Urbanists can retort that this is association is unfair, exaggerated, and mostly bespeaks the crime rates of urban America at its nadir in the 70s and 80s. I’ll concede their point to a certain degree: alleys are not uniformly unsafe. A high-crime suburban neighborhood that lacks alleys is not necessarily any less dangerous than an urban one, but even in a safe, secure, affluent old neighborhood, the back alley remains the least desirable element—the area we most avoid. The area where we store our trash. With rats and tire ruts. And, if the cables aren’t buried, all those utility lines. And why are they so so uncommon in contemporary developments—except, apparently, in a few metros like Dallas? It’s not rocket science: they create fore and aft ROWs to a private residence, which exacerbates the sense of exposure that makes a place vulnerable to criminal activity. Back alleys were hardly the cause of decline for old urban areas, but they certainly abetted the plunging demand for homes built on an urban street grid in the mid 20th century.
But, that’s not all. Back alleys also a difficult public investment to justify. They impose a greater government burden: residential areas with back alleys require an additional right-of-way (or two) for resurfacing, snow removal, and unobstructed movement to support vehicular flow. Unless the we’re talking about a suburb with high residential density and even higher home prices, it seems hard to imagine the land values will ever be sufficient to support the additional public costs that alleys incur. And even in cities with high land values and lots of alleys (New York City comes to mind) it remains an added, unnecessary cost for the local Department of Public Works. Thus, even though alleys certainly aren’t always “the academic, geographic and social outcast of the built environment” (as Lynn in the CityLab article), they clearly are non-essential and have not yet re-emerged as a selling point.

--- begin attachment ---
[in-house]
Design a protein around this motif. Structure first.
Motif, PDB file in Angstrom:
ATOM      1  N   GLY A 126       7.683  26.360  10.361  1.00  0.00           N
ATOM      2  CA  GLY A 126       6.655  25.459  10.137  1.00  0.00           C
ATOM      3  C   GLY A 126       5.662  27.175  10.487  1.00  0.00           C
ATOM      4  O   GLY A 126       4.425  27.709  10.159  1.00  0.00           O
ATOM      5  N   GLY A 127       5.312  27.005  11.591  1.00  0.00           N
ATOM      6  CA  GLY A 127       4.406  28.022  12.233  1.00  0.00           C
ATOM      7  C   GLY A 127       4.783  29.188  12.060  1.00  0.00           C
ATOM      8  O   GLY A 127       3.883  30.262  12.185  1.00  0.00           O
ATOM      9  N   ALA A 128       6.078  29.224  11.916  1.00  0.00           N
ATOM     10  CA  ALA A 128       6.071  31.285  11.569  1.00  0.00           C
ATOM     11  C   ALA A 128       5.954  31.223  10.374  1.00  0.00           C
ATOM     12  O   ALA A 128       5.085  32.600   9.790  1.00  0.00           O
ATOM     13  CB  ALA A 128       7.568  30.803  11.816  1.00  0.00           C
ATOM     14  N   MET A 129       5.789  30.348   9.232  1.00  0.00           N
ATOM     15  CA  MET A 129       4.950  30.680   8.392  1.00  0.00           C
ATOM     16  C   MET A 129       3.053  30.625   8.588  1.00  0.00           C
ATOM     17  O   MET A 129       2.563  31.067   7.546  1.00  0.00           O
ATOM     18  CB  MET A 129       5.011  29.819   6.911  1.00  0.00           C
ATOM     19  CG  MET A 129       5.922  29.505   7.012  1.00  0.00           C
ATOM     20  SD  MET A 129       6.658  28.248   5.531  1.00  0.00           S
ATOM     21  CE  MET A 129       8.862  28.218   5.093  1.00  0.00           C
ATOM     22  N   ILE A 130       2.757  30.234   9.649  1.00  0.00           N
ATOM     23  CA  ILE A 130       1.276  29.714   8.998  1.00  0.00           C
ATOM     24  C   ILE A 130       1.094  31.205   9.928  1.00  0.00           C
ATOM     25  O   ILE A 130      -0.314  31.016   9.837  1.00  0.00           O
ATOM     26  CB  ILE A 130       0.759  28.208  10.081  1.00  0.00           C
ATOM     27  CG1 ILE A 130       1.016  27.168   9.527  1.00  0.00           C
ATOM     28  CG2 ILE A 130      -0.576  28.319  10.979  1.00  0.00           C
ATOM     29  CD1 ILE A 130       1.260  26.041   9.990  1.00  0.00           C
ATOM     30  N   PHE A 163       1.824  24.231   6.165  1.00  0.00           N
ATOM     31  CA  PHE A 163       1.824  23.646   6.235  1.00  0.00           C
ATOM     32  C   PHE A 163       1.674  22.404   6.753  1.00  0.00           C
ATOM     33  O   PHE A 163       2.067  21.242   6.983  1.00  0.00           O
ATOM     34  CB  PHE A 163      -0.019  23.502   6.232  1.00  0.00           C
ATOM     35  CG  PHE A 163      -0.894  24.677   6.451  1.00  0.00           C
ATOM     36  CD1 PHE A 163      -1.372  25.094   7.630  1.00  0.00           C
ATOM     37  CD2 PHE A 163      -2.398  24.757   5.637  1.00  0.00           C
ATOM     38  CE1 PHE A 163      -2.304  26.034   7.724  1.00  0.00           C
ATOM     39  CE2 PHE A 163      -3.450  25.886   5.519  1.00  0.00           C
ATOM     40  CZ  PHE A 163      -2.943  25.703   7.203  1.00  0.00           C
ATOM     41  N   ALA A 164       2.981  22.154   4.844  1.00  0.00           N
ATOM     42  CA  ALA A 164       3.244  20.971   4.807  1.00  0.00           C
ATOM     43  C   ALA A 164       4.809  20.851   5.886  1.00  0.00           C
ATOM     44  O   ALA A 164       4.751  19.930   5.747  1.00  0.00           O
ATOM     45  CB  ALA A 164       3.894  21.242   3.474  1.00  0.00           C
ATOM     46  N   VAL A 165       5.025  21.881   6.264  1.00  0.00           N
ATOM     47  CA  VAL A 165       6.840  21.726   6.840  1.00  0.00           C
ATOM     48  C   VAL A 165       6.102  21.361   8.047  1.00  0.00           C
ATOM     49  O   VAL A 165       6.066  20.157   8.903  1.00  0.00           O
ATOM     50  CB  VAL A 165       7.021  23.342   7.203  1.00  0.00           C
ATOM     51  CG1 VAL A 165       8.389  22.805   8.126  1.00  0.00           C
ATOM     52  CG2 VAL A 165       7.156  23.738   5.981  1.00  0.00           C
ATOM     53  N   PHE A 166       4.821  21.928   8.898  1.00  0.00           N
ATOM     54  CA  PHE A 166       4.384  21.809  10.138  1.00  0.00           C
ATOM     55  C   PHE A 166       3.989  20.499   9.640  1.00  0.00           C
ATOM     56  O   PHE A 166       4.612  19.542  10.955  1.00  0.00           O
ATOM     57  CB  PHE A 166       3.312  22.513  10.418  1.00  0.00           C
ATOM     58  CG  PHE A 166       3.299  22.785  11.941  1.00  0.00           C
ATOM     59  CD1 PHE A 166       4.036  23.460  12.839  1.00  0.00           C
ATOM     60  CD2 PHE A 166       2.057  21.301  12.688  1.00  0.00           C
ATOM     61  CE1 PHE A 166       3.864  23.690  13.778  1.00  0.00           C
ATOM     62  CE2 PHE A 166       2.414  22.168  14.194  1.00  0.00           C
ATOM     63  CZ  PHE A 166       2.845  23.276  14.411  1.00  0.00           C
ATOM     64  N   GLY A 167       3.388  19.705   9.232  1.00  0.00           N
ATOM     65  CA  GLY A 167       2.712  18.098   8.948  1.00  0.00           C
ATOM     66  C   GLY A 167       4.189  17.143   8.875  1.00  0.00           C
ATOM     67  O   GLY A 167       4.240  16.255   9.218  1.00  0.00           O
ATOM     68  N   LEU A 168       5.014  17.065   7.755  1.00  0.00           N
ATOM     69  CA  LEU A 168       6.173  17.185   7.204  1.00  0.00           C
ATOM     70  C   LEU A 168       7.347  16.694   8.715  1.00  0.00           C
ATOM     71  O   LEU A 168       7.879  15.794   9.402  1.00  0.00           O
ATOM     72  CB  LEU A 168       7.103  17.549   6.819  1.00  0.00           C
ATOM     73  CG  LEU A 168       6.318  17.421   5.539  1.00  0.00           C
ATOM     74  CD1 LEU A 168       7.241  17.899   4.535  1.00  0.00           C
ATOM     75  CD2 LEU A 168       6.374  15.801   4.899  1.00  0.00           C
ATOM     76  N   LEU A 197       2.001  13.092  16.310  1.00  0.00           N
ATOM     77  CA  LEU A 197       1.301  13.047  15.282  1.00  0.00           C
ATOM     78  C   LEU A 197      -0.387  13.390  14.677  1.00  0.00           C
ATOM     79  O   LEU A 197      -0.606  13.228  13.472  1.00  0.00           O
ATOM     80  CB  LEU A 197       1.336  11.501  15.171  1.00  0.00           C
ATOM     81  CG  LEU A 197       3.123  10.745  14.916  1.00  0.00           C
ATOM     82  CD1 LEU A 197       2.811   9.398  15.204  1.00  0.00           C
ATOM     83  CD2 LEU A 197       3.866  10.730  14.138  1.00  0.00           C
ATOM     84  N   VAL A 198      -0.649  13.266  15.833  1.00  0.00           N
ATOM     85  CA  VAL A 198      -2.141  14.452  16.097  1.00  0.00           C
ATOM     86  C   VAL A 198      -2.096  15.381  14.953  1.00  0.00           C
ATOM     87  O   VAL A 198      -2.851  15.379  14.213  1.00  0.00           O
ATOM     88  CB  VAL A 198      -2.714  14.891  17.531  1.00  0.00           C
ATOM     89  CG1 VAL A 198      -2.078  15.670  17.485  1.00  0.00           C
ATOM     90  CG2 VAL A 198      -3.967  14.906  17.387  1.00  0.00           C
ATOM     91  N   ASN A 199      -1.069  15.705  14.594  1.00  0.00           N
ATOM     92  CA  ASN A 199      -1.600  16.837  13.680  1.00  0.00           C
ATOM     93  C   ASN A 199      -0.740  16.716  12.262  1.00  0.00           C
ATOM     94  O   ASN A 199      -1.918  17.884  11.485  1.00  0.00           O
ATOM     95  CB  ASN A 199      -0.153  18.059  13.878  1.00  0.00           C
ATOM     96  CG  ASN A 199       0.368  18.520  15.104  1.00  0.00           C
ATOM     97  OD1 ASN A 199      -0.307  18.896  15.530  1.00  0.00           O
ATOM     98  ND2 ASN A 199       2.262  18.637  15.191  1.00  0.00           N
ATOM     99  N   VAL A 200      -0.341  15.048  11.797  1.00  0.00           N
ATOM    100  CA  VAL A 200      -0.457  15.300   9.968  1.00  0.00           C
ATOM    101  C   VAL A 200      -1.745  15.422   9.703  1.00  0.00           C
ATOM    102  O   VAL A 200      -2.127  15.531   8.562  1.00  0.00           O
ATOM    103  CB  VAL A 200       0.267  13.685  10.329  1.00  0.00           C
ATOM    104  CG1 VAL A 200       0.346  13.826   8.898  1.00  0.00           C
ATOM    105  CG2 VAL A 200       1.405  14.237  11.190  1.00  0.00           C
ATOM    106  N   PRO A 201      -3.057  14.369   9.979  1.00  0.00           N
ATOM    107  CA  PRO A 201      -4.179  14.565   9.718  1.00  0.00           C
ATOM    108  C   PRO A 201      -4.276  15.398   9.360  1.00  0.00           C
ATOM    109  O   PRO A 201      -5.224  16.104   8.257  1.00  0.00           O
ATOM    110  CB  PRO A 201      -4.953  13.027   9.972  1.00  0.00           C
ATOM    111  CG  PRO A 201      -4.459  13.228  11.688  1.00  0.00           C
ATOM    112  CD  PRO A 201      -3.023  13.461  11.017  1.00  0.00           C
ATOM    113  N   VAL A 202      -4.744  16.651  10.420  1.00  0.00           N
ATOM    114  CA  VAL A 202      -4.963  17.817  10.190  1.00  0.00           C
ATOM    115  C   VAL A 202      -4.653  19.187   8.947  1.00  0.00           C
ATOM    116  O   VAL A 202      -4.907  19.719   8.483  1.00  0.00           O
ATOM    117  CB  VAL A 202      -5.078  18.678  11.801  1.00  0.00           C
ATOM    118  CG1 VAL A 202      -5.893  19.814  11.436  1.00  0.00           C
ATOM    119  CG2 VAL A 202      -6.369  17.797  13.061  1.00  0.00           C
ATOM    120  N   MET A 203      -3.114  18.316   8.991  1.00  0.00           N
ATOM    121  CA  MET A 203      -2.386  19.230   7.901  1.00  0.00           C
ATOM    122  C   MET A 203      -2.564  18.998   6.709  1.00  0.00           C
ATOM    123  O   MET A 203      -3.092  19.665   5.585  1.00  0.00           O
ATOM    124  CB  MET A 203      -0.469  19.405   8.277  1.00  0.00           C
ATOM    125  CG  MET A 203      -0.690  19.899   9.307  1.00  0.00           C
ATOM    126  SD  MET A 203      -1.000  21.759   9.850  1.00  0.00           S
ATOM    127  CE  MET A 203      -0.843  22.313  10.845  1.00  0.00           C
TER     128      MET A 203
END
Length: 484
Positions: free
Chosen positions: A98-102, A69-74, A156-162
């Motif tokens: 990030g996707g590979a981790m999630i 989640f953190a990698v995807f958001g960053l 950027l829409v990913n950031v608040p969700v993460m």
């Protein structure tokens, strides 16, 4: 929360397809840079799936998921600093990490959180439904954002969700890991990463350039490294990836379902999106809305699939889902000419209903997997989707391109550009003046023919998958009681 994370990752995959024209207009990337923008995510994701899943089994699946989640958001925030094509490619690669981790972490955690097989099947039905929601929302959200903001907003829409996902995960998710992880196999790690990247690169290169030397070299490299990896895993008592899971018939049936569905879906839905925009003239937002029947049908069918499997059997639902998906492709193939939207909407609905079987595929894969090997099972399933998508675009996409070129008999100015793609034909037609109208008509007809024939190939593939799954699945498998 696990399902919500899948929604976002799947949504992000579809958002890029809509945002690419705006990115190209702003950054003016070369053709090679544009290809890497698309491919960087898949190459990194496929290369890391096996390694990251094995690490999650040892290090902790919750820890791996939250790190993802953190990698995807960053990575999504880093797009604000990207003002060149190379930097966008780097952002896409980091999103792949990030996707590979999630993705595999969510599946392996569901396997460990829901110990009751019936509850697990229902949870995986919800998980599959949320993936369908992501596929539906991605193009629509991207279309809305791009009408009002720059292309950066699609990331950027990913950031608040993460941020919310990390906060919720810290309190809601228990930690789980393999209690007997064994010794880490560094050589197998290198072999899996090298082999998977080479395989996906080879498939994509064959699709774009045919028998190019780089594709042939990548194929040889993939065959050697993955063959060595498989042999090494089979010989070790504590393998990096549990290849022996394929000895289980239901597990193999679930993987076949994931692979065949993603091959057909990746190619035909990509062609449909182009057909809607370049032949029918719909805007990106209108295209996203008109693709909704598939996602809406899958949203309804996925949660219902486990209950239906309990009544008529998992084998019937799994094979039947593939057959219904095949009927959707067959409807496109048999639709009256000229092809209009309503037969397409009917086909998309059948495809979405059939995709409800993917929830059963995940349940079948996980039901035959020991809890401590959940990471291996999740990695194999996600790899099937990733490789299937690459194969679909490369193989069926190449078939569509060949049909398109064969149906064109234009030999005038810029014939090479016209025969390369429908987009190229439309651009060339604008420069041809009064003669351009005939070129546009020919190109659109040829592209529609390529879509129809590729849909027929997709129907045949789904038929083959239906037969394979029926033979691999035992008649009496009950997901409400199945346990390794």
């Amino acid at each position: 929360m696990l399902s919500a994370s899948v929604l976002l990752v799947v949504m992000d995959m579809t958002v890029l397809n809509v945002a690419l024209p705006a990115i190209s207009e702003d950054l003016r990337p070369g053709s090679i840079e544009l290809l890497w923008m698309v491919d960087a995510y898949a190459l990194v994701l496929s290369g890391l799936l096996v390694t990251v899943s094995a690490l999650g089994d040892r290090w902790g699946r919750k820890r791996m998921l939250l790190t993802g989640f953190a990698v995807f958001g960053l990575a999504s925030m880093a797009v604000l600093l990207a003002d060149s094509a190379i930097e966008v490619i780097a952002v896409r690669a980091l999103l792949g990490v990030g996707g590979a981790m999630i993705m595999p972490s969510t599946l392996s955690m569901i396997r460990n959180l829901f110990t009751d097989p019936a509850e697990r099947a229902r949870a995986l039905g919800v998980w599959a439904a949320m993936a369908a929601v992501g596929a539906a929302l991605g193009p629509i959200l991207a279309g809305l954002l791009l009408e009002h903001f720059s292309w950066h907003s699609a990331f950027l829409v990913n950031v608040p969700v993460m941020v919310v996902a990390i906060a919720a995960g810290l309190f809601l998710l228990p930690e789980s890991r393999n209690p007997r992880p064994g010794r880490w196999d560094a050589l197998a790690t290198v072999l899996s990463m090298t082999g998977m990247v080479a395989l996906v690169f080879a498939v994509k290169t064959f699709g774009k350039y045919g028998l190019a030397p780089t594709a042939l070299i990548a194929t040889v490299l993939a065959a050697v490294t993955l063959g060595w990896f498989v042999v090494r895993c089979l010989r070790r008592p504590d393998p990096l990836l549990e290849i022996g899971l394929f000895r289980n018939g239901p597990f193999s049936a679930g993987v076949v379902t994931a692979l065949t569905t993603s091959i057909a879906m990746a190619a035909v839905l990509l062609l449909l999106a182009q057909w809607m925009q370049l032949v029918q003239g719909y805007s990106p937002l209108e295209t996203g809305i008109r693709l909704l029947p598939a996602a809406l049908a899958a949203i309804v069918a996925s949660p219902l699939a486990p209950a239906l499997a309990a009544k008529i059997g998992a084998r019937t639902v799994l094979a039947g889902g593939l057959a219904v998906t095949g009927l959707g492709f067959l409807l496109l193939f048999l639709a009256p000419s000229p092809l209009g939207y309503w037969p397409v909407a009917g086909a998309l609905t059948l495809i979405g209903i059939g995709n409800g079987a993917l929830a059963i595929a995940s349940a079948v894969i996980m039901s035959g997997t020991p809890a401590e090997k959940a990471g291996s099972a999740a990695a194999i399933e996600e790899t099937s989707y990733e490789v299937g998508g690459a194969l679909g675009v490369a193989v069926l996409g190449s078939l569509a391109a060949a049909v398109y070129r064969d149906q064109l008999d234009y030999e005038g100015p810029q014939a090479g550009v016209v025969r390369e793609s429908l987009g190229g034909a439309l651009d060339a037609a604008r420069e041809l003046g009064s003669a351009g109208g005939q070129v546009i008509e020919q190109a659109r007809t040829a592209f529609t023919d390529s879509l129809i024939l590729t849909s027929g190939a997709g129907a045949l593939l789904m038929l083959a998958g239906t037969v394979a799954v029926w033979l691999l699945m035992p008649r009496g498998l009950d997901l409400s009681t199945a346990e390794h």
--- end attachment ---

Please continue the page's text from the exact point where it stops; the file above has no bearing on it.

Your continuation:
With few exceptions, people still don’t covet back alleys. It is infrastructure we tolerate because of all the other advantages they confer. And cities would love to be done with them. They’re obsolete, and they never really were essential. Plenty of cities lack them. Take, for example, New Orleans, a city with one of the strongest urban fabrics in the south: eminently walkable, mixed uses with streetcar-defined commercial nodes, interesting grid patterns that routinely change; distinctive architecture steeped in supremely southern flora. With just a few exceptions in the French Quarter and CBD, the Big Easy has no back alleys. In the oldest New Orleans neighborhoods where buildings extend right to the lot line, the space within a single block that would typically accommodate a back alley often serves as an interior courtyard—a cherished feature that few New Orleanians would jettison simply for a bit more urban grit of an alley. And, as I’ve noted in the past, New Orleans has more than its fair share of patently visible utility lines. Then there’s a radically different city thousands of miles away: Portland, Oregon. Lacking much cultural affinity with New Orleans, the Rose City’s well-regarded urbanism does share a single physical characteristic: a relative scarcity of back alleys. Blocks in Portland are unusually small, and the city’s dependence on single-family detached (but fairly small lot) housing is aberrant among large cities. Though it has more alleys than New Orleans, most of these microgrids also preclude back alleys. While I wouldn’t claim Portland’s near-lack of alleys helped to explain a comparative absence of suburban out-migration during the low point of American cities (that anathematized mid 20th century), it has resulted in a city where even the close-in “inner city” neighborhoods still have the character of a walkable streetcar suburb.